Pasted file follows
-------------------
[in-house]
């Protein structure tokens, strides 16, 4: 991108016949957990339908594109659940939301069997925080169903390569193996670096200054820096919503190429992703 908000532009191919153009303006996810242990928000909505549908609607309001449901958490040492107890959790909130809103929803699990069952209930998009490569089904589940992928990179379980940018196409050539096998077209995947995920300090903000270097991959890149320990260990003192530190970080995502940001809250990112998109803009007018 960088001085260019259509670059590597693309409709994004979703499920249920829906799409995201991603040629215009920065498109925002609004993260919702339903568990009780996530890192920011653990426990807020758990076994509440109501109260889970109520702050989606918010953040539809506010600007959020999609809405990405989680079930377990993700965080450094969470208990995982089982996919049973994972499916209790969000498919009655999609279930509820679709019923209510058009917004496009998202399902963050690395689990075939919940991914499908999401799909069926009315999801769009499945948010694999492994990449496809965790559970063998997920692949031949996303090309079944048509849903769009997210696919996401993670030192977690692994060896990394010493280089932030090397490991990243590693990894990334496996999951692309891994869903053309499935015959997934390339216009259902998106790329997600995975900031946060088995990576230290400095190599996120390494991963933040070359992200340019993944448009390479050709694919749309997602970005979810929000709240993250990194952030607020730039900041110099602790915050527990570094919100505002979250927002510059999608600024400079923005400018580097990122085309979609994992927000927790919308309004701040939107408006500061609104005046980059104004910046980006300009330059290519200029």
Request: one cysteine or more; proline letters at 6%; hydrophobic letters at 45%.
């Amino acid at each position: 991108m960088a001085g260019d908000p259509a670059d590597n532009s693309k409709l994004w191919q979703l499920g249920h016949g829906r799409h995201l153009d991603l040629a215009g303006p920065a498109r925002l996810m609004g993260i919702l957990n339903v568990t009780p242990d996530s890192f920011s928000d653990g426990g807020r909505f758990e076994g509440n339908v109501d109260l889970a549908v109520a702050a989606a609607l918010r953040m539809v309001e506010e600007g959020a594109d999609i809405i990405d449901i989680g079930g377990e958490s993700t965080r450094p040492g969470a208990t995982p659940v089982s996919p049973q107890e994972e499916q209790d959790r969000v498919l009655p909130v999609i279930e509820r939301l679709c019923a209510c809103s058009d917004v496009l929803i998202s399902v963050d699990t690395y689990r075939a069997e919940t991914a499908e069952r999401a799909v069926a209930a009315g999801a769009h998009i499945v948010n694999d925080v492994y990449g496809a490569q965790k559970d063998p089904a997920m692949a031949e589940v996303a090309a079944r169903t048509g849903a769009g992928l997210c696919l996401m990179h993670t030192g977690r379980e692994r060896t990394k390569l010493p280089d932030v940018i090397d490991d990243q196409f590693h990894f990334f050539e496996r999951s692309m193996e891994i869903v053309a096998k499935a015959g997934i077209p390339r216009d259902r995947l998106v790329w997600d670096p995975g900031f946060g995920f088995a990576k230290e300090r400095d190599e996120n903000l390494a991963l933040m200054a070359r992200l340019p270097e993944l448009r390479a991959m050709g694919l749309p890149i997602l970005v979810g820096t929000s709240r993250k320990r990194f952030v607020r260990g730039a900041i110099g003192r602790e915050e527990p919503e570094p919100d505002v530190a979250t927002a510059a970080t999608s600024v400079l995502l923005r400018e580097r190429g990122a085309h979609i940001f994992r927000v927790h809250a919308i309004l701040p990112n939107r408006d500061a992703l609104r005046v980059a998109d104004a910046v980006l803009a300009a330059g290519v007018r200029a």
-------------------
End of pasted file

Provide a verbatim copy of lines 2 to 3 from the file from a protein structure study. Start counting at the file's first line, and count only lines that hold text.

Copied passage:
């Protein structure tokens, strides 16, 4: 991108016949957990339908594109659940939301069997925080169903390569193996670096200054820096919503190429992703 908000532009191919153009303006996810242990928000909505549908609607309001449901958490040492107890959790909130809103929803699990069952209930998009490569089904589940992928990179379980940018196409050539096998077209995947995920300090903000270097991959890149320990260990003192530190970080995502940001809250990112998109803009007018 960088001085260019259509670059590597693309409709994004979703499920249920829906799409995201991603040629215009920065498109925002609004993260919702339903568990009780996530890192920011653990426990807020758990076994509440109501109260889970109520702050989606918010953040539809506010600007959020999609809405990405989680079930377990993700965080450094969470208990995982089982996919049973994972499916209790969000498919009655999609279930509820679709019923209510058009917004496009998202399902963050690395689990075939919940991914499908999401799909069926009315999801769009499945948010694999492994990449496809965790559970063998997920692949031949996303090309079944048509849903769009997210696919996401993670030192977690692994060896990394010493280089932030090397490991990243590693990894990334496996999951692309891994869903053309499935015959997934390339216009259902998106790329997600995975900031946060088995990576230290400095190599996120390494991963933040070359992200340019993944448009390479050709694919749309997602970005979810929000709240993250990194952030607020730039900041110099602790915050527990570094919100505002979250927002510059999608600024400079923005400018580097990122085309979609994992927000927790919308309004701040939107408006500061609104005046980059104004910046980006300009330059290519200029």
Request: one cysteine or more; proline letters at 6%; hydrophobic letters at 45%.